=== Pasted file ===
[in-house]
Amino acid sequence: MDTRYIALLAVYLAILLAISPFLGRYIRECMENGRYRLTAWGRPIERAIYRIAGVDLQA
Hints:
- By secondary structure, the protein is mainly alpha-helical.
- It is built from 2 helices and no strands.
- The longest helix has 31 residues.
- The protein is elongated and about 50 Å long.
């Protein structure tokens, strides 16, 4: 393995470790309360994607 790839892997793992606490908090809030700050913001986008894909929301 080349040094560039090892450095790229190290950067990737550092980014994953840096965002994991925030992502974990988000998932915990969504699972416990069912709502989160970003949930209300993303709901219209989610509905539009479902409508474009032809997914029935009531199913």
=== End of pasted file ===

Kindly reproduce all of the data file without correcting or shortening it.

[in-house]
Amino acid sequence: MDTRYIALLAVYLAILLAISPFLGRYIRECMENGRYRLTAWGRPIERAIYRIAGVDLQA
Hints:
- By secondary structure, the protein is mainly alpha-helical.
- It is built from 2 helices and no strands.
- The longest helix has 31 residues.
- The protein is elongated and about 50 Å long.
């Protein structure tokens, strides 16, 4: 393995470790309360994607 790839892997793992606490908090809030700050913001986008894909929301 080349040094560039090892450095790229190290950067990737550092980014994953840096965002994991925030992502974990988000998932915990969504699972416990069912709502989160970003949930209300993303709901219209989610509905539009479902409508474009032809997914029935009531199913």